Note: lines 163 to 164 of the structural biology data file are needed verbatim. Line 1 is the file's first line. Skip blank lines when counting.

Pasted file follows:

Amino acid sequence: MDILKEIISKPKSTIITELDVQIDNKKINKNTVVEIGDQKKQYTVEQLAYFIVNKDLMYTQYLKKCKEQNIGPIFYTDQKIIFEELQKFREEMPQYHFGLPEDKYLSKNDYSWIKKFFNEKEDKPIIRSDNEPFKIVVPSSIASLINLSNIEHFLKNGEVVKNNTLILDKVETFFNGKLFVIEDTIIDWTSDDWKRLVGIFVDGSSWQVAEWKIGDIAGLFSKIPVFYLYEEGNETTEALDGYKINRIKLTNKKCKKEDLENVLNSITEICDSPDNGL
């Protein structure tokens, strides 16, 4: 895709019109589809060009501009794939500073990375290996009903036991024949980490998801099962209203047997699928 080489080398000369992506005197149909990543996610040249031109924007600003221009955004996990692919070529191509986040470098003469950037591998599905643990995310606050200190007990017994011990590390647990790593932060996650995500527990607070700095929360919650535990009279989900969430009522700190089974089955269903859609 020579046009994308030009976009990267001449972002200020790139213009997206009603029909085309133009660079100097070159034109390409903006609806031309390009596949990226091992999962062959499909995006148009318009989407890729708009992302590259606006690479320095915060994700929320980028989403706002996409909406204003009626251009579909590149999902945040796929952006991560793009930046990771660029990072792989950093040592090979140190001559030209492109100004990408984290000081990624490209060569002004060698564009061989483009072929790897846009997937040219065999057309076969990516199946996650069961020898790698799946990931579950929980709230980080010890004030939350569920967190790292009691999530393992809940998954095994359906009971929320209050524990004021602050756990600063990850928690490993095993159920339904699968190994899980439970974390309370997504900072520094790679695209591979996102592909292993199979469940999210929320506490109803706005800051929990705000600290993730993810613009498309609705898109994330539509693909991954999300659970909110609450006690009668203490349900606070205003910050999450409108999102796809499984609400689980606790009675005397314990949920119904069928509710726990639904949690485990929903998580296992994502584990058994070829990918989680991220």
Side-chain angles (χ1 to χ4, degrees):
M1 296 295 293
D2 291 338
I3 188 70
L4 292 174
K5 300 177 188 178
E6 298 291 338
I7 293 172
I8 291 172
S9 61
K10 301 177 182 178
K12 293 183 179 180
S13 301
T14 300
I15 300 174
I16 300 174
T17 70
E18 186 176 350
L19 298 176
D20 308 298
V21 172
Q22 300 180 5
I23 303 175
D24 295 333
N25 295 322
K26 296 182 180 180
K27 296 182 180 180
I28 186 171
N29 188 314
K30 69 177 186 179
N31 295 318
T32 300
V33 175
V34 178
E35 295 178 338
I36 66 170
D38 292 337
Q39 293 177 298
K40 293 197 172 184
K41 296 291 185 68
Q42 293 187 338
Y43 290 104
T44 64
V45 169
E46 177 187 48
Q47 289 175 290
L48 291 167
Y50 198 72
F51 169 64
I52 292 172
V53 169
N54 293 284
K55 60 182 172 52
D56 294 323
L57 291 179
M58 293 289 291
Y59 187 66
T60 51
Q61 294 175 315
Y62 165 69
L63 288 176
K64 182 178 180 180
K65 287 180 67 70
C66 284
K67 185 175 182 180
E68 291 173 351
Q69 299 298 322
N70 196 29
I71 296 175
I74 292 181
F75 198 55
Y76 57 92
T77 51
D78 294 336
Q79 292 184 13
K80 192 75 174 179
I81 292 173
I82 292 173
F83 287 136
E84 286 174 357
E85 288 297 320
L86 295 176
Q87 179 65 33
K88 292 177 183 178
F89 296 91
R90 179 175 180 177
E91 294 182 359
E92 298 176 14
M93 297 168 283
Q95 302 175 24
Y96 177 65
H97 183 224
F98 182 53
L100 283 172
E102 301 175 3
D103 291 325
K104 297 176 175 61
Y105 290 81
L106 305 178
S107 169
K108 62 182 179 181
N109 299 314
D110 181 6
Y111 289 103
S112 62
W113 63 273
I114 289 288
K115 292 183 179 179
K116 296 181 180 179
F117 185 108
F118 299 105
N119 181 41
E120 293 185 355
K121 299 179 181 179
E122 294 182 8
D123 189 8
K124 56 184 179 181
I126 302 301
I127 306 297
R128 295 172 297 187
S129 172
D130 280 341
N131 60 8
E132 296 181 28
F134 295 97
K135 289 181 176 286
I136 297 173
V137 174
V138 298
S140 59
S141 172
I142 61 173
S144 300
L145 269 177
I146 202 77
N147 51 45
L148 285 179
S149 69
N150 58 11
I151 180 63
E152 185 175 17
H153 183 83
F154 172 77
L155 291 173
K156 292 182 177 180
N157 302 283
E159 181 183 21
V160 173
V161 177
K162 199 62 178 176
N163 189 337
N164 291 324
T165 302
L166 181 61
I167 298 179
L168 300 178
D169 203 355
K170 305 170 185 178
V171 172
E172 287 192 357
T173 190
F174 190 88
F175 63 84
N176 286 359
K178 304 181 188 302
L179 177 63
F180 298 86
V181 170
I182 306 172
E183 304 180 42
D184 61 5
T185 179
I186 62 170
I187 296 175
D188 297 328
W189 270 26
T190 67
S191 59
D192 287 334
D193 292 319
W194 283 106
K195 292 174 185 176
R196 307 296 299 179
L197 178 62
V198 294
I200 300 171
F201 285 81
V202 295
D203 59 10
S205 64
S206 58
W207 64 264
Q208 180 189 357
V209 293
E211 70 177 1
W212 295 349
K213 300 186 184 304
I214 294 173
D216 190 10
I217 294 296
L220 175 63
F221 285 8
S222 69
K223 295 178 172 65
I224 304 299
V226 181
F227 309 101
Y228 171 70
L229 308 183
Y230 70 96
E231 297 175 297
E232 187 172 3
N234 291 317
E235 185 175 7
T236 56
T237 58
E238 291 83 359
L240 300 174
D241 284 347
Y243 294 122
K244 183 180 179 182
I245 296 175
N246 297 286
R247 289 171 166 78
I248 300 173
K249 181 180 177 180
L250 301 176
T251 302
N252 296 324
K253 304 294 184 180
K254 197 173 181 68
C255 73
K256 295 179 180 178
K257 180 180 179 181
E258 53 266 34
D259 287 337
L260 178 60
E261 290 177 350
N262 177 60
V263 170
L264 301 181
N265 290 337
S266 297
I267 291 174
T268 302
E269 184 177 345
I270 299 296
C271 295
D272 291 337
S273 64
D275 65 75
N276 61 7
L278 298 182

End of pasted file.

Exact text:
T173 190
F174 190 88